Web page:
There are two main reasons why accurately measuring the full impact of strikes can be complicated.
Isolating impacts from strikes from other co-occurring events
The period since June 2022 has seen not only an increase in strikes but several other major factors and events, including the rising cost of living, the death of Her Majesty Queen Elizabeth II and the first winter FIFA World Cup. Additionally, there have been other seasonal events, such as the bad weather that occurred in late December 2022. Although we present some data that may show impacts of strikes in certain periods, it is not possible to isolate how much of any change was because of strikes.
Data gaps and limitations
Strikes may impact data collection, which can disrupt time series or result in a lack of data to assess any effects. Strikes in certain industries may have impacts that are harder to capture in the data available. For example, impacts of NHS strikes such as appointment cancellations would not be captured in spending or real time indicators.
Working days lost
The number of working days lost because of labour disputes has been increasing since summer 2022. In June 2022, 93,000 days were lost, which rose to 461,000 in November and a further 83% increase to 843,000 in December 2022. December saw the highest recorded monthly total since November 2011, though this is still much lower than the number of days lost in the 1970s and 1980s (Figure 1).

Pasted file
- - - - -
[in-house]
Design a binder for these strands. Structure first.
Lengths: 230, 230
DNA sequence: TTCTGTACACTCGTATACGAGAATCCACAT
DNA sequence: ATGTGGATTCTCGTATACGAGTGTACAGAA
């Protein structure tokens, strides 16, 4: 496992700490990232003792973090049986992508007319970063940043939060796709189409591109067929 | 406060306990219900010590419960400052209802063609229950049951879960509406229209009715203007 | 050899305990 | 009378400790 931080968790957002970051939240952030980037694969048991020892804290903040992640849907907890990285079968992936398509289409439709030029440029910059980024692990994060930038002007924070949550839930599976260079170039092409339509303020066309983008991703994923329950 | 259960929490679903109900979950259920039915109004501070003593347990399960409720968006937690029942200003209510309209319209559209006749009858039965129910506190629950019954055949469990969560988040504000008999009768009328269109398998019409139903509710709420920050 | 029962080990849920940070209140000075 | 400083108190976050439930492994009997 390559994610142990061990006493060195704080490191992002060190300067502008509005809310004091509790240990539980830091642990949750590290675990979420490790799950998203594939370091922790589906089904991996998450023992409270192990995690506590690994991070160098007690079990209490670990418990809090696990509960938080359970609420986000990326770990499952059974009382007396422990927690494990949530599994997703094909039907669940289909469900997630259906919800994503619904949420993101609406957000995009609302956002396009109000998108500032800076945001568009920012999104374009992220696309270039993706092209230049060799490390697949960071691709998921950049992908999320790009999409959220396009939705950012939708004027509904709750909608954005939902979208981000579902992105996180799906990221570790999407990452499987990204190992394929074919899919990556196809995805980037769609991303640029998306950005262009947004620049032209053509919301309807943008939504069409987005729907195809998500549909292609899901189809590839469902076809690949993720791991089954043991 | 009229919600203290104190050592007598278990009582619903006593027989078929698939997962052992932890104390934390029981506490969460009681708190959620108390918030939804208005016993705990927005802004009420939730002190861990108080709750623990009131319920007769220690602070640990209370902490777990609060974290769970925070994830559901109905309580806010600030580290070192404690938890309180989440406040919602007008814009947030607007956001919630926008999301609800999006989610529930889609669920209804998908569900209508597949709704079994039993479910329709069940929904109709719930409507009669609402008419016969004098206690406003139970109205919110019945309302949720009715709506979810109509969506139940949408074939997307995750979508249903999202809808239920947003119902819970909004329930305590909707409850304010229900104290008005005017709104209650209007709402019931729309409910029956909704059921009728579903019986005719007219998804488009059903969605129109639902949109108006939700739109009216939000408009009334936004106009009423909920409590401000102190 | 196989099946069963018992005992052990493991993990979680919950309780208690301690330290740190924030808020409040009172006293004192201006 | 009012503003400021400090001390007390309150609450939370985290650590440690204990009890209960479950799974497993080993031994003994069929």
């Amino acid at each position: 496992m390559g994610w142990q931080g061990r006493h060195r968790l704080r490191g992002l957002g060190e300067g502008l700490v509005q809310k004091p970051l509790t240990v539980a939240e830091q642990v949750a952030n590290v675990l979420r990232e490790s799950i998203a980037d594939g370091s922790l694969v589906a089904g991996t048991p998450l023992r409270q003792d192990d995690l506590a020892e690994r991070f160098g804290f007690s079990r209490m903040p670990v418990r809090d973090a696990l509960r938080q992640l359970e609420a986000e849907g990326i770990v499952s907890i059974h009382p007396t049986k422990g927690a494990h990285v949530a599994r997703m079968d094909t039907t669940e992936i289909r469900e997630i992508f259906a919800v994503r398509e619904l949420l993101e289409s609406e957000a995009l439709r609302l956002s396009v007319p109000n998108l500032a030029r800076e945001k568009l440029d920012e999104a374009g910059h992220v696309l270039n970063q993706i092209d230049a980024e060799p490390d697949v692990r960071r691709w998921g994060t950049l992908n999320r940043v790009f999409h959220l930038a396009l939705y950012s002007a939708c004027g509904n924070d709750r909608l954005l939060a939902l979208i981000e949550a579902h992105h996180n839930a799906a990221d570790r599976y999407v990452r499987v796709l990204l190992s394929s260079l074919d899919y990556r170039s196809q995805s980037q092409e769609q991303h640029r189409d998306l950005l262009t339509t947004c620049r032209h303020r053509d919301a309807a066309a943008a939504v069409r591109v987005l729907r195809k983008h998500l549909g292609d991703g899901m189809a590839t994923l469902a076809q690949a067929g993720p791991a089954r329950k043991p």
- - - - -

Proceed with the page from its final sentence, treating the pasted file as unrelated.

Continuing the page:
Industry and working days lost
In total, an estimated 2.472 million working days were lost between June and December 2022. Of these, over three-quarters (79%) came from workers in transport, storage, information and communication. Transport, storage, information and communication consistently had the highest number of days lost because of industrial action from June 2022. This industry includes both rail transport and postal and courier activities, which experienced strikes throughout this period.
The education sector (which includes higher education, tertiary, and primary and secondary education) saw the second highest number of days lost between June and December 2022. This peaked in November 2022 where 174,000 days were lost in education, 38% of the total number of days lost that month. This reflects the primary and secondary education strikes that occurred in Scotland, the sixth form and college strikes that occurred in England, and university strikes that occurred across the UK.
In December 2022, almost all the working days lost came from transport, storage, information and communication (725,000 days or 86% of total days lost), with the second highest number coming from health (70,000 days or 8% of total days lost). This reflects the rail, postal and health strikes that took place that month.
Figure 2: The highest number of working days lost comes from transport, storage, information and communication, and education
Total working days lost because of labour disputes, by industry, June to December 2022, UK not seasonally adjusted (thousands)